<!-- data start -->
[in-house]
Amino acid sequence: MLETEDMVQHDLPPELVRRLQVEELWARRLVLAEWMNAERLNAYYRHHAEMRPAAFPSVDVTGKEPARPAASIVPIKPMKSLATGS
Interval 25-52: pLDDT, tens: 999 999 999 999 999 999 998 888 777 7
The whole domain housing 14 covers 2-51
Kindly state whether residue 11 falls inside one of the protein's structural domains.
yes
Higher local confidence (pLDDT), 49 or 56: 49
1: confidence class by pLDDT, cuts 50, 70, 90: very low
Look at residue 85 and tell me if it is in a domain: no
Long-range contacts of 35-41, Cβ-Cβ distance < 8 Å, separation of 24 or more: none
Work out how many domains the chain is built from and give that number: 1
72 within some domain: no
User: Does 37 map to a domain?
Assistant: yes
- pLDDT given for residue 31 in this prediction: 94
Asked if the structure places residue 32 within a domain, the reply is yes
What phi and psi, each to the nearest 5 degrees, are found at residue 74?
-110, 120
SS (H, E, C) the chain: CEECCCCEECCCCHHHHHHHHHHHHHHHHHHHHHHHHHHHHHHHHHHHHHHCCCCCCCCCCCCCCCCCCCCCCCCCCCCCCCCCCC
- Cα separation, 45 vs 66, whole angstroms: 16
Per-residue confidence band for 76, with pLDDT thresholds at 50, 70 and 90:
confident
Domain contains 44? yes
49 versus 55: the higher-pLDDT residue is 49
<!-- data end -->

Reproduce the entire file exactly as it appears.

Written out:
[in-house]
Amino acid sequence: MLETEDMVQHDLPPELVRRLQVEELWARRLVLAEWMNAERLNAYYRHHAEMRPAAFPSVDVTGKEPARPAASIVPIKPMKSLATGS
Interval 25-52: pLDDT, tens: 999 999 999 999 999 999 998 888 777 7
The whole domain housing 14 covers 2-51
Kindly state whether residue 11 falls inside one of the protein's structural domains.
yes
Higher local confidence (pLDDT), 49 or 56: 49
1: confidence class by pLDDT, cuts 50, 70, 90: very low
Look at residue 85 and tell me if it is in a domain: no
Long-range contacts of 35-41, Cβ-Cβ distance < 8 Å, separation of 24 or more: none
Work out how many domains the chain is built from and give that number: 1
72 within some domain: no
User: Does 37 map to a domain?
Assistant: yes
- pLDDT given for residue 31 in this prediction: 94
Asked if the structure places residue 32 within a domain, the reply is yes
What phi and psi, each to the nearest 5 degrees, are found at residue 74?
-110, 120
SS (H, E, C) the chain: CEECCCCEECCCCHHHHHHHHHHHHHHHHHHHHHHHHHHHHHHHHHHHHHHCCCCCCCCCCCCCCCCCCCCCCCCCCCCCCCCCCC
- Cα separation, 45 vs 66, whole angstroms: 16
Per-residue confidence band for 76, with pLDDT thresholds at 50, 70 and 90:
confident
Domain contains 44? yes
49 versus 55: the higher-pLDDT residue is 49